Regardless of what one thinks of this approach to the CFPB’s mission, this nonetheless provides a roadmap for advocates:  Focus your arguments on competition, access, and choice.  Draw attention to places where market practices result in consumers’ lacking adequate information to make decisions or where competition fails.  This framework makes revisiting the payday lending rule hard, but suggests fruitful engagement in debt collection and mortgage servicing where consumer choice is irrelevant as consumers have no choice over their debt collectors or mortgage servicers.  Arguments about stability in the financial markets are likely to carry more weight than petitions for equity or consumer protection against mainstream financial practices.  Access will trump protection at this CFPB, so what are the arguments about how the proposals on the table will affect access or impose costs on business interests?  Are there places where streamlining regulations results in consumer benefits?  Now is the time to focus on those areas.

Effective regulatory advocacy requires sustained engagement, year after year, and meeting the agencies on their own terms.  Within the current CFPB agenda, there are places for advocates to advance racial and economic justice, if they focus on the arguments the agency is open to hearing.  In Working with Cost-Benefit Analysis, we at CRREA Project lay out some strategies for doing this.  We highlight the importance of quantifying what you can, whether through surveys or case file reviews, and situating problems in the broader context.  And, while commenting on proposals is always important, and our  How to Comment one-page checklist should help with commenting, meetings with staff, engagement with Congress on oversight, including in connection with the upcoming hearings, letters to the CFPB, press attention, and even litigation remain important tools for advocates.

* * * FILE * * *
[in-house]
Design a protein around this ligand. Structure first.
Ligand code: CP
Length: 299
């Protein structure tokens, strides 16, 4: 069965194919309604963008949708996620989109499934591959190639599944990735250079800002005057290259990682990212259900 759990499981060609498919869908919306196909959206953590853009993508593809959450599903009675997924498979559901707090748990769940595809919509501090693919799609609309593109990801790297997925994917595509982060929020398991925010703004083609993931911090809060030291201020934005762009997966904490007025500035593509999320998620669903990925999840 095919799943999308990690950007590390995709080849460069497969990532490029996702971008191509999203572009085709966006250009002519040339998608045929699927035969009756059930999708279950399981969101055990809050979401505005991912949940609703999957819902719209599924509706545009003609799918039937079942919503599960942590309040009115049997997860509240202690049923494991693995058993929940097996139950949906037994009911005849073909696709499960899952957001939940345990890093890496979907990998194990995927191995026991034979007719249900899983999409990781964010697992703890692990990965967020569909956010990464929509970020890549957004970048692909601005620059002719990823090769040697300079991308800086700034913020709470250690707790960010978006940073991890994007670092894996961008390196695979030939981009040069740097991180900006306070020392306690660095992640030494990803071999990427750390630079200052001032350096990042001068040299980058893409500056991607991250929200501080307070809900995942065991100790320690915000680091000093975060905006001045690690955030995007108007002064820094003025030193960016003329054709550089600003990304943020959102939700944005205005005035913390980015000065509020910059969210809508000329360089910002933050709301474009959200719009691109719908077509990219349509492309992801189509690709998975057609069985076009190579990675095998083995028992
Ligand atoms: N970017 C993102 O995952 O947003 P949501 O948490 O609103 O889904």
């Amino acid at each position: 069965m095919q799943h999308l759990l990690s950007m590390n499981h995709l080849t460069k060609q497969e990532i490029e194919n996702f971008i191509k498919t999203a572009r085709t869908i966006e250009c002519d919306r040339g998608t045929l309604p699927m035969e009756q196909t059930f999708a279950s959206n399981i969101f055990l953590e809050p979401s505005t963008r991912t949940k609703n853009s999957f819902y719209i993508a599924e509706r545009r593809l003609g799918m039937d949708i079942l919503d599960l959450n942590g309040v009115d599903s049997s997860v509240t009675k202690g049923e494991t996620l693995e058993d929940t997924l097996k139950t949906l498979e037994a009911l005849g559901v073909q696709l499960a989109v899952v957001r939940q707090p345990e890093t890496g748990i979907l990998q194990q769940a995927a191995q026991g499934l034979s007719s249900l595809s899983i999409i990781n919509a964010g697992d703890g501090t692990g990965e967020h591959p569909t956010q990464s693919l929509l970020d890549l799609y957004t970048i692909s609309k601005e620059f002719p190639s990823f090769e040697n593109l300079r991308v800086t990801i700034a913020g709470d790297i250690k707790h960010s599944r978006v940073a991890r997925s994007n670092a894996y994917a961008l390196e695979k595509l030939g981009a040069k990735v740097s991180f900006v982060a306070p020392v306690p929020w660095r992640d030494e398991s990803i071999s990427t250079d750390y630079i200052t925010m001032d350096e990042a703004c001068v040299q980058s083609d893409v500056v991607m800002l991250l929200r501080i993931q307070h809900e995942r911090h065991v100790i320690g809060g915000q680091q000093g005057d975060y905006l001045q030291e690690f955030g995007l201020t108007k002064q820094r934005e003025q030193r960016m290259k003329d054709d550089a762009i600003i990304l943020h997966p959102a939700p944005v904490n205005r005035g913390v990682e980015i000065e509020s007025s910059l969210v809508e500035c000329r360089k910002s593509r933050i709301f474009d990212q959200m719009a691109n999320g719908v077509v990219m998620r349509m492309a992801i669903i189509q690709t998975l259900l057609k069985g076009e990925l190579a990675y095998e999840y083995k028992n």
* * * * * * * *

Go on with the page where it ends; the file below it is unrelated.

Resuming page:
Will CFPB Leadership Follow Where the Data Lead and Protect Debt-Laden Consumers from Predatory Settlement Companies?

The CFPB’s own debt settlement report suggests consumers are in trouble.  The CFPB could, if it chose, get to the bottom of who is in trouble and why. 

The Consumer Financial Protection Bureau’s (CFPB) career economists have again put up a red flare, warning of heightened risk to consumers in the current economy.  The CFPB’s recent report on debt settlement shows that consumer delinquencies on credit cards and other unsecured debt were increasing in 2019, while the many consumers facing financial distress were more exposed than ever to predatory debt settlement companies.  Whether the CFPB will follow those warning lights to do more than pursue a few bad actors remains to be seen.  Congress should take advantage of its upcoming hearings with the Director of the CFPB to push for more data as a necessary first step to provide meaningful consumer protections against predatory settlement companies